As a modern marketer, you aim to collect a significant amount of customer data, on everything from digital clicks to in-store foot traffic, and parse it through an ever-increasing list of technologies. Chances are you’re using upwards of 10 different tools, including web analytics, marketing automation, social platforms, a data management platform, and a host of others.
And yet, even though you have all this data somewhere in the organization, I can guarantee you have difficulty accessing the appropriate data and generating insights to optimize customer experiences. Because here’s the naked truth: brands often miss the mark on customer expectations by either underwhelming them with poor personalization efforts or overwhelming them with too many messages or offers.
In fact, this was what Rusty Warner, principal analyst at Forrester Research, and I discussed on a recent webinar hosted by Direct Marketing News—along with what it takes to truly optimize the customer experience in a marketplace where consumers are always addressable and “always on.”
So how can marketers bridge the gap between brand strategy and execution? It’s all about taking a data-driven approach to customer engagement and, mostly, comes down to a handful of factors:
Although marketers collect extensive customer data, the systems of insight used to analyze this information aren’t always in sync with the systems of engagement used to interact with customers. According to Warner, closing this gap between systems of insight (customer data and real-time analytics) and systems of engagement (marketing automation and marketing content) is crucial to creating the kind of value exchange that will increase customer engagement.
Aligning these two systems means you can more effectively leverage learnings from customer data to create the kind of personalized microsegments that can improve brand engagement and increase revenue from each interaction. This also allows you to better understand changing customer behaviors and preferences, which can drive further increases in customer lifetime value and benefit your company.
Part of the value in data-driven personalization lies internally as well as externally. Role-based insights—the internal version of personalization—can help your team members by serving up only the information they need in their day-to-day activities.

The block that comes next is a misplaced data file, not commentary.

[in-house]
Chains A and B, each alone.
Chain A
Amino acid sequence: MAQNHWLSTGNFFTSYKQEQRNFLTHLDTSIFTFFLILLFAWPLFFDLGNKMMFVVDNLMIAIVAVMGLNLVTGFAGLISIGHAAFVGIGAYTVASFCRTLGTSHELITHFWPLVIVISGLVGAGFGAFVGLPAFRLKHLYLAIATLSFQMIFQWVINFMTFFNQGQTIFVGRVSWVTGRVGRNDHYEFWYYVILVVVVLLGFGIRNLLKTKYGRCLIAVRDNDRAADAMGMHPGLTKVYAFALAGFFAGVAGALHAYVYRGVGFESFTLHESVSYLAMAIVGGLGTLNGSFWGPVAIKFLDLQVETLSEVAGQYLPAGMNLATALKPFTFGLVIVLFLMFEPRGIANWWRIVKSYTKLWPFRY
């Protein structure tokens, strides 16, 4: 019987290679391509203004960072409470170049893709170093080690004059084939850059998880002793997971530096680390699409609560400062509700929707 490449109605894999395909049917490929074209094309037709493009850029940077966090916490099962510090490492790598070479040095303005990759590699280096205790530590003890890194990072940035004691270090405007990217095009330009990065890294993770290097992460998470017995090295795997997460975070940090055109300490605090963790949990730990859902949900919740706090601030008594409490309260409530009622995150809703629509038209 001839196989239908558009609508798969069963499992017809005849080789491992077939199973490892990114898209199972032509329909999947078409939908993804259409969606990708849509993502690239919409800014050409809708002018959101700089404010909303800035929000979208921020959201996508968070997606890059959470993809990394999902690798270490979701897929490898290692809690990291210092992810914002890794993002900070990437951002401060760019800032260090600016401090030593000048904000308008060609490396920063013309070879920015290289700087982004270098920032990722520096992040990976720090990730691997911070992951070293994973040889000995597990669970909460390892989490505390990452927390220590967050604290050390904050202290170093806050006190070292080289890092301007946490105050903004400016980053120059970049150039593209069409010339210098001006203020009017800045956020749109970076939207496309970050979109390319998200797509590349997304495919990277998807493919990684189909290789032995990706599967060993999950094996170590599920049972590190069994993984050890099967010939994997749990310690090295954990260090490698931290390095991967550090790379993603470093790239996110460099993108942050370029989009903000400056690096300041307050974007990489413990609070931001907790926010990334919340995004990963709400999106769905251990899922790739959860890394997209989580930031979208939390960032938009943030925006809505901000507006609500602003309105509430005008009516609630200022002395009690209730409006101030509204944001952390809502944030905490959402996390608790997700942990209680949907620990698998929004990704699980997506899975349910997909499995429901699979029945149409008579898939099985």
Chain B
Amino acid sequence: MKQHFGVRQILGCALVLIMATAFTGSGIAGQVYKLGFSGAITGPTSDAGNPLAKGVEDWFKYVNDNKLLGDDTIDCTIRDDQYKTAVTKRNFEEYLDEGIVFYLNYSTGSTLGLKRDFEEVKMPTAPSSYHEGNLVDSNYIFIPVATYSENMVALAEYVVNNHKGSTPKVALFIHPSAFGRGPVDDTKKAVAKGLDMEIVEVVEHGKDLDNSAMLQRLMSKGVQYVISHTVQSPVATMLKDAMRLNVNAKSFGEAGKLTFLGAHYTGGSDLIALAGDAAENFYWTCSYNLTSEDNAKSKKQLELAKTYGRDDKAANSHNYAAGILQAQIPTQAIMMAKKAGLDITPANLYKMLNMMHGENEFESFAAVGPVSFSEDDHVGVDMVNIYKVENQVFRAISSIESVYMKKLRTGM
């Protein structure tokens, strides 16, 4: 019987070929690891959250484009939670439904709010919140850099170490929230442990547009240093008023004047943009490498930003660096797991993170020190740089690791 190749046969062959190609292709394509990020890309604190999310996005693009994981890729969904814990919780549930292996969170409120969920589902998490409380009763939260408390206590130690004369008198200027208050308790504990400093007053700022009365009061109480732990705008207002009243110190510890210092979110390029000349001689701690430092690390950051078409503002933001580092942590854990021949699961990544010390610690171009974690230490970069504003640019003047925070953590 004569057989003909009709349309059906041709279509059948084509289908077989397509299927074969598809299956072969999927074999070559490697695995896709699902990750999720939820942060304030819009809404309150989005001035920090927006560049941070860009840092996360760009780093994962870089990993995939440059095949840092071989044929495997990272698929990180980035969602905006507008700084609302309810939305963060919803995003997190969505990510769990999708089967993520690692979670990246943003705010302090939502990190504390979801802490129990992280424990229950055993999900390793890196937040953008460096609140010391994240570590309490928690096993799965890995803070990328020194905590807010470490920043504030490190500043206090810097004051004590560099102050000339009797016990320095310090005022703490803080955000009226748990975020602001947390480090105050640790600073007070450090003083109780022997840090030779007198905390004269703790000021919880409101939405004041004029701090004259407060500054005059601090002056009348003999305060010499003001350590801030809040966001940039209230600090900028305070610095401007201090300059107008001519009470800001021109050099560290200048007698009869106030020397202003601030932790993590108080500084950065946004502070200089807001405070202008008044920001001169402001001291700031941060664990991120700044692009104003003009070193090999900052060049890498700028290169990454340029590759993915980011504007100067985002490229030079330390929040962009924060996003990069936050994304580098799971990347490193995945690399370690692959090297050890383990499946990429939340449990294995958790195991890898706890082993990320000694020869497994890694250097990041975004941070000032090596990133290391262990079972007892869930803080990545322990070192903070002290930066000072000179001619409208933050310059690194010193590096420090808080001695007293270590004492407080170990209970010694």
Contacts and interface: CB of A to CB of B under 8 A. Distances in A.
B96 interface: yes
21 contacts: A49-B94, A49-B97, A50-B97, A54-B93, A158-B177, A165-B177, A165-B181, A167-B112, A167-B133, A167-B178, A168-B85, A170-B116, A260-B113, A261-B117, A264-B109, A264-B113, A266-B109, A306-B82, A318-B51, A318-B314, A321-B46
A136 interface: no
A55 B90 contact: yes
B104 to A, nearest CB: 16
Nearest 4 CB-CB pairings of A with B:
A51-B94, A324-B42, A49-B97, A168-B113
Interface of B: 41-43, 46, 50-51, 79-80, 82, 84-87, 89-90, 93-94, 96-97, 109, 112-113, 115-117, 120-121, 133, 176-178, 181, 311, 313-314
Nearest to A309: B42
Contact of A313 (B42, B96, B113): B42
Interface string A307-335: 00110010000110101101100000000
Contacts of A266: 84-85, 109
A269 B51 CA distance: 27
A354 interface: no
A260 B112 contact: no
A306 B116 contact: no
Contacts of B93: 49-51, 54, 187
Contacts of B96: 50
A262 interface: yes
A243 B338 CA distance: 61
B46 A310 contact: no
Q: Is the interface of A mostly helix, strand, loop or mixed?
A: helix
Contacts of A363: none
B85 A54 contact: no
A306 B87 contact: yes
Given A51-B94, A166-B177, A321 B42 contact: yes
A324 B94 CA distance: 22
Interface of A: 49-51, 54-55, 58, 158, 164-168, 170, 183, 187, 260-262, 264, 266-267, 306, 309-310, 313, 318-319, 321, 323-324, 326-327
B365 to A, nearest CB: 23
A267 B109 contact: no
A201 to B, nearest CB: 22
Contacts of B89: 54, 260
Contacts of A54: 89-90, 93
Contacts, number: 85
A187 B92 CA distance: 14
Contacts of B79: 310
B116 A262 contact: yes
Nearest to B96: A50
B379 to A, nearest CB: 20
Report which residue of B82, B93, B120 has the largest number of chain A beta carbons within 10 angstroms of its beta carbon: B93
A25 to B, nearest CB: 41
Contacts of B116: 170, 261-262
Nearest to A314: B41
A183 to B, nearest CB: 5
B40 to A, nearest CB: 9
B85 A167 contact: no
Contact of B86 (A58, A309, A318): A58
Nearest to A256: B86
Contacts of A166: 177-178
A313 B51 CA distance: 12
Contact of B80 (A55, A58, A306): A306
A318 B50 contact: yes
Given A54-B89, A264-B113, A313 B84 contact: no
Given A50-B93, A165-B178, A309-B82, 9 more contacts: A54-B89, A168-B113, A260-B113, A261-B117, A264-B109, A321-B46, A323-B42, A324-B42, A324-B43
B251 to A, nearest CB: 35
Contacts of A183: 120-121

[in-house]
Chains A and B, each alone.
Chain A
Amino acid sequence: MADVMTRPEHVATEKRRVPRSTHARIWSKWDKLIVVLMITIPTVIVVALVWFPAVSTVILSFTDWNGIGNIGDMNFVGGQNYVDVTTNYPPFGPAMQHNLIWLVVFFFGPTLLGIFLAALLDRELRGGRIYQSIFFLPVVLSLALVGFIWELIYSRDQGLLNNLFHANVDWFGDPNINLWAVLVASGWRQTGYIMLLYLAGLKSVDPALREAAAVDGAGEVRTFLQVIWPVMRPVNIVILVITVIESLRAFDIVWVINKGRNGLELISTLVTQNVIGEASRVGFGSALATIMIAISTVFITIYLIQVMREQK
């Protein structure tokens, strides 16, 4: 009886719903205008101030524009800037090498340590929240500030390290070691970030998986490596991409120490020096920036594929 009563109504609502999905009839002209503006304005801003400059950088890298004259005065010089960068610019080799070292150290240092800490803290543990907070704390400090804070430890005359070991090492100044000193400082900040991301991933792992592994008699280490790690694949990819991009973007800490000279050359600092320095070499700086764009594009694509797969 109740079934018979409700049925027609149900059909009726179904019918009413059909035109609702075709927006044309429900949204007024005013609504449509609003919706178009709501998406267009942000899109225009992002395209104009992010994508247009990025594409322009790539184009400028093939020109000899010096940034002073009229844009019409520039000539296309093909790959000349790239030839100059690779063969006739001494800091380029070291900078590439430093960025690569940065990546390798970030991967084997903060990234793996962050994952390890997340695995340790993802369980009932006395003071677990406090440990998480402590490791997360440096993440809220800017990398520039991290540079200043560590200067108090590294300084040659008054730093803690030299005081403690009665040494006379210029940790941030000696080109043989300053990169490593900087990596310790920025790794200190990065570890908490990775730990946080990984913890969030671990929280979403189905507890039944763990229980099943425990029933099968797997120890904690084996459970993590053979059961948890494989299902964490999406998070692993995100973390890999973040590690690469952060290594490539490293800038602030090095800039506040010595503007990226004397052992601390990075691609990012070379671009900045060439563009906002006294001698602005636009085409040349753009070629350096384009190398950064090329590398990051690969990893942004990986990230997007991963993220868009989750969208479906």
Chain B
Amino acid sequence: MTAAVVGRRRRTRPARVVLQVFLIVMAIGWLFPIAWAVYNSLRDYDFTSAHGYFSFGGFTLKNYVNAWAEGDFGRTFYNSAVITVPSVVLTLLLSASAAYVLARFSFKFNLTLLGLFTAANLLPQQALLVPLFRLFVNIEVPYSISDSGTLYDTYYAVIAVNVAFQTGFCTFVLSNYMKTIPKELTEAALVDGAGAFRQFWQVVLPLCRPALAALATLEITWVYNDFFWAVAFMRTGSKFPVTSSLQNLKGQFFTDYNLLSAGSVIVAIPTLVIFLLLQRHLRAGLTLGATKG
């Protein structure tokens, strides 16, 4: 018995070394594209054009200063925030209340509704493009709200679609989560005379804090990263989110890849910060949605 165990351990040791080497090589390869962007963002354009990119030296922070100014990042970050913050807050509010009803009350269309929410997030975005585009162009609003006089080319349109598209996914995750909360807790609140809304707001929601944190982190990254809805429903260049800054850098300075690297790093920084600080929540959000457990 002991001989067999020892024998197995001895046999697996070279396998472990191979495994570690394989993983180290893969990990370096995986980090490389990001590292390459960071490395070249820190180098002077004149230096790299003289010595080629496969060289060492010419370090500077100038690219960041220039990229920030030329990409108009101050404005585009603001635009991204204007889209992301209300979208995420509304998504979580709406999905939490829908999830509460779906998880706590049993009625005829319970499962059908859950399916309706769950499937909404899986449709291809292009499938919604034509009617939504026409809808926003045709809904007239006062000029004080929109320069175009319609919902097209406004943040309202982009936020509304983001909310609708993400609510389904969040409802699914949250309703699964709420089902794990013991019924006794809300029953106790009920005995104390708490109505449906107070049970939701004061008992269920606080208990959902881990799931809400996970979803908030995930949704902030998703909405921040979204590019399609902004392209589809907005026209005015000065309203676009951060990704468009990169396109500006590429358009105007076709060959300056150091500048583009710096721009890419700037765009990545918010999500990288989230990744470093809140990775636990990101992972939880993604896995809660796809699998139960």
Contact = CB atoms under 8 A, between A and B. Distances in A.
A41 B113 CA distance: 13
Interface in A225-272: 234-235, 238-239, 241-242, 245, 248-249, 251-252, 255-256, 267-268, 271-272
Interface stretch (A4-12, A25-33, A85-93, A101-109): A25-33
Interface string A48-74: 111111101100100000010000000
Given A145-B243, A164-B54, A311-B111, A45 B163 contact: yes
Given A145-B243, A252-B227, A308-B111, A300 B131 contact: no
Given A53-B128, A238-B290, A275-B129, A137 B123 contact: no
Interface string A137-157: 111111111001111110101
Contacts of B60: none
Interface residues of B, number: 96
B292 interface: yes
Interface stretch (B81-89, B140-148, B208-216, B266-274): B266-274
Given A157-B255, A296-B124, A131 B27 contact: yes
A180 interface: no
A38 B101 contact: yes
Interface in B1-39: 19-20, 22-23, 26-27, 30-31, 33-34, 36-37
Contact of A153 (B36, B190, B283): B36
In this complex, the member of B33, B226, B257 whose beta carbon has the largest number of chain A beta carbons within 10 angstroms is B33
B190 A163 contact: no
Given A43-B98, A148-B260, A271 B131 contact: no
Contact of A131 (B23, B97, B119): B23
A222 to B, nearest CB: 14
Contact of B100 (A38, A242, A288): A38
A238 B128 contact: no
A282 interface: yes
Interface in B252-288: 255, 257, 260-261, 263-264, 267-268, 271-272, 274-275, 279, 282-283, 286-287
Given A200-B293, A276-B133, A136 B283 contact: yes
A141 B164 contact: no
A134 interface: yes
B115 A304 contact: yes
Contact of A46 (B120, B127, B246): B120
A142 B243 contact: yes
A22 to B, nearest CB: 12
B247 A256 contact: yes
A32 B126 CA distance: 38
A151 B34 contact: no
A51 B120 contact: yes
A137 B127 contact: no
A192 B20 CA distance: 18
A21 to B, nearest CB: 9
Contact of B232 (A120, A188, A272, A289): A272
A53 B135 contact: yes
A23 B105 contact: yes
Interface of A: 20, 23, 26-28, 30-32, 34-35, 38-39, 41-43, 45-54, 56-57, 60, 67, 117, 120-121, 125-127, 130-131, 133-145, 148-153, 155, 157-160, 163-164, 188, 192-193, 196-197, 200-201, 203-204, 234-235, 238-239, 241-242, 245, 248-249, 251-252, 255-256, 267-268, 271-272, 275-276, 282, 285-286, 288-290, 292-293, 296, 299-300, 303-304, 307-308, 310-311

Consider the marketing campaign manager, who only needs to see snapshots of campaigns and doesn’t need full view into the entire breadth of marketing analytics. A creative designer might only want to work with content and offers, and not have to deal with the complexity of the targeting and campaign segmentation strategies. Serving up insights specific to your team’s roles and day-to-day functions can streamline operations tremendously.
Personalization can also help you meet customer expectations more effectively, which is substantially beneficial in regards to driving the most value from your messaging. Without using data in this regard, you risk creating messaging that falls flat and doesn’t perform because you have not met customer expectations effectively.
Perhaps the most crucial facet of data-driven personalization is having high-quality data in the first place. Lack of data quality could stem from a number of issues—such as integration issues, data aging, irregular data structure, etc.—any one of which could derail even your most thoughtful plans.
Because of this, the ability to cleanse and structure customer data is hugely important. This is why you need to consider a platform that can manage data from any source through the cleansing and structuring process so you can access the insights necessary to craft focused and powerful messaging.
Conquering the customer engagement “gap” can be a significant challenge, requiring you to gain alignment between various internal stakeholders on strategy and also get the right kinds of tools in place. That said, a focus on data-driven personalization can pay dividends for your marketing program’s success and make an impact that reaches far beyond improving marketing metrics.